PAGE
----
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Google vows not to use Fitbit health data to target ads at you

The Alphabet firm seeks to appease EU regulators

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Google has said it will not use health data collected from Fitbit devices to help target advertisements at users.

The pledge comes as the Alphabet firm works to complete its $2.1 billion acquisition of Fitbit, which was announced in December 2019 and is expected to be completed before the end of 2020.

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As the deal was announced, concern spread that Google could use health data collected by Fitbit fitness trackers and smartwatches to target adverts at users, based on their general health, sleep habits and fitness levels. More recently, twenty consumer groups urged regulators to scrutinize Google's intended purchase of Fitbit, due to fears over how health data could be used.

But Google says this will not be the case. In a bid to address concerns held by the European Commission, Google told Reuters: "This deal is about devices, not data. We appreciate the opportunity to work with the European Commission on an approach that safeguards consumers; expectations that Fitbit device data won't be used for advertising."

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Such a move is likely to help Google secure EU approval for its purchase of Fitbit.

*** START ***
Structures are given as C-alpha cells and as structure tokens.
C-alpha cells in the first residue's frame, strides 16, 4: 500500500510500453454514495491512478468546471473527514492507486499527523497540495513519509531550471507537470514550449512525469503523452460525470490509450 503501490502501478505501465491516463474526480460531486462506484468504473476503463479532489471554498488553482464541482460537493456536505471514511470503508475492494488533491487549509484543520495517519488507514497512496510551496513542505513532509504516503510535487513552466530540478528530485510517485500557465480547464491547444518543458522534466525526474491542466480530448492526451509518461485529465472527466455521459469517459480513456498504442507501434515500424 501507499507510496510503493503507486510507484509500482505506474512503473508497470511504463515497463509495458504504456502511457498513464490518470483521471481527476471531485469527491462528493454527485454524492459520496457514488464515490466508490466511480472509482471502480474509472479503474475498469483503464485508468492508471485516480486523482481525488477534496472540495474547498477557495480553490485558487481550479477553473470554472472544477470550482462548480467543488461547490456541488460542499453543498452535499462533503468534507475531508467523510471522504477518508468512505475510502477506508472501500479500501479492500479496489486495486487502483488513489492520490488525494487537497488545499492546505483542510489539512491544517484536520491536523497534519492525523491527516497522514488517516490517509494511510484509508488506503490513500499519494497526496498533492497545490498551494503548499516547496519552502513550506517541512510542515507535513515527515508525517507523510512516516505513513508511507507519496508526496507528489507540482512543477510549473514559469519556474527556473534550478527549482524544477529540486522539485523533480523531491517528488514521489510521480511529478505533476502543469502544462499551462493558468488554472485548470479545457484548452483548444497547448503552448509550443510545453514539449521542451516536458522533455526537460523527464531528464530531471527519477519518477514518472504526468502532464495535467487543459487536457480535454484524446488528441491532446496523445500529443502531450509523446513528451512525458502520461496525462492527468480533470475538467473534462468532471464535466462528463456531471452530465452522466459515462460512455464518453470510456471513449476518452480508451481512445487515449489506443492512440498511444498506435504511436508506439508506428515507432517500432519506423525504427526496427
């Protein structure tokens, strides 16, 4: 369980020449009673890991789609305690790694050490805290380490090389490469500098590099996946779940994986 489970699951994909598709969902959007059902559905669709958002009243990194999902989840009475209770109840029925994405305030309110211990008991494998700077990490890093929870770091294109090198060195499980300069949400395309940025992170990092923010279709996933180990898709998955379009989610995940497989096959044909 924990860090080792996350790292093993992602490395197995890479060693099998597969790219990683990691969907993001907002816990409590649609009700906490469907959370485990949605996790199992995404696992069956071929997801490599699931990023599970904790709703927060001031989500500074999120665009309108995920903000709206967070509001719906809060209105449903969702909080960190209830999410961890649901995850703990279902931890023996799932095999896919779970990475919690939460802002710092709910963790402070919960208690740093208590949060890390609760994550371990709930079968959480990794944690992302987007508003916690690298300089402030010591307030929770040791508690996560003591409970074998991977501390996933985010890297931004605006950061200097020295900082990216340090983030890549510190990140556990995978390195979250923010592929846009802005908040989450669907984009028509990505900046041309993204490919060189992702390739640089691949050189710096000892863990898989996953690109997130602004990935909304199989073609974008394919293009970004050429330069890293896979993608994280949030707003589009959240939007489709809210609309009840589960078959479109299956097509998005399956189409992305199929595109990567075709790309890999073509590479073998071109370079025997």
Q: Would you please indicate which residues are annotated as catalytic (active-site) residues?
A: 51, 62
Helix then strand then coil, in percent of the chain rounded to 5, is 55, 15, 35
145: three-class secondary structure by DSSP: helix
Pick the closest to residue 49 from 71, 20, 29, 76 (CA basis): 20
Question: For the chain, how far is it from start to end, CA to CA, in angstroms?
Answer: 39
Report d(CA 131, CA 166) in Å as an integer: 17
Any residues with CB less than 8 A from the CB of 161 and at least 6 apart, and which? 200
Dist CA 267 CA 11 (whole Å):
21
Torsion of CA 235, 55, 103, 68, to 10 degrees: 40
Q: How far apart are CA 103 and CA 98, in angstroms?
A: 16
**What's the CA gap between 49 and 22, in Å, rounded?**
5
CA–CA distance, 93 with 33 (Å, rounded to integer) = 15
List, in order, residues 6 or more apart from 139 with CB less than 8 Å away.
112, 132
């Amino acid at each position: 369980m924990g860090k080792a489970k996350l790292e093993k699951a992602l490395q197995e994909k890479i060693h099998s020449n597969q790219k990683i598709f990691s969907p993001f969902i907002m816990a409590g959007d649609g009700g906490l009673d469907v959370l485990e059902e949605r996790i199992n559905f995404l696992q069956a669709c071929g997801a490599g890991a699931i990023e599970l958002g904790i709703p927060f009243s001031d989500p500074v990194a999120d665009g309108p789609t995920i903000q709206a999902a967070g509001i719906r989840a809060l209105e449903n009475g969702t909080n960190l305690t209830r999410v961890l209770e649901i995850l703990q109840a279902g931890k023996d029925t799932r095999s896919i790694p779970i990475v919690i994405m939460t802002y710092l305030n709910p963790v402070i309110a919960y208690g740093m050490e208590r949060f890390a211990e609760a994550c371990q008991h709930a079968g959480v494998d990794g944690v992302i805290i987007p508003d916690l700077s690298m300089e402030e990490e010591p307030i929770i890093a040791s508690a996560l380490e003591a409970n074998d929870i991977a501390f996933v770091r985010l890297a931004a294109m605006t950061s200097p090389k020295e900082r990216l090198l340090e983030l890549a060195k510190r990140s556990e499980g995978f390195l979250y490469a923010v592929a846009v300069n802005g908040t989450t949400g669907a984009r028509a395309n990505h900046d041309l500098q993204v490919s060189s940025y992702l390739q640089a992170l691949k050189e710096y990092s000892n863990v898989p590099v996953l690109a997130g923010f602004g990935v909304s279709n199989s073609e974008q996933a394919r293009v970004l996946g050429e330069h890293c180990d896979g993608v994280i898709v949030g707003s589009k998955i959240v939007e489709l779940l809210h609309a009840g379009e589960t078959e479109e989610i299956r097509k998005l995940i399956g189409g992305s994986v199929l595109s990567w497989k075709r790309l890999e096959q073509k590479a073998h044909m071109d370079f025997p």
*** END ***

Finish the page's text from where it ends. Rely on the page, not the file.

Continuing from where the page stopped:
Google already has a health and fitness tracking suite of applications, called Google Fit. These apps run on smartphones, and smartwatches running the company's own Wear OS software.

Neither Google nor Fitbit have much of a stake in the global wearables market. Despite being a household name, Fitbit has just a three percent share, compared to 29.3 percent for the Apple Watch. Fitbit also lags behind Samsung, Huawei and Xiaomi.

Despite constant rumors for the past couple of years, Google is yet to make its own smartwatch or fitness tracker. It has instead stuck with making the Wear OS software, but the acquisition of Fitbit (should it be passed by regulators) will likely change that. Given Google won't be making money from the data it collects from future wearables, it will surely need to start producing hardware if it is to put a dent in Apple's dominant position.

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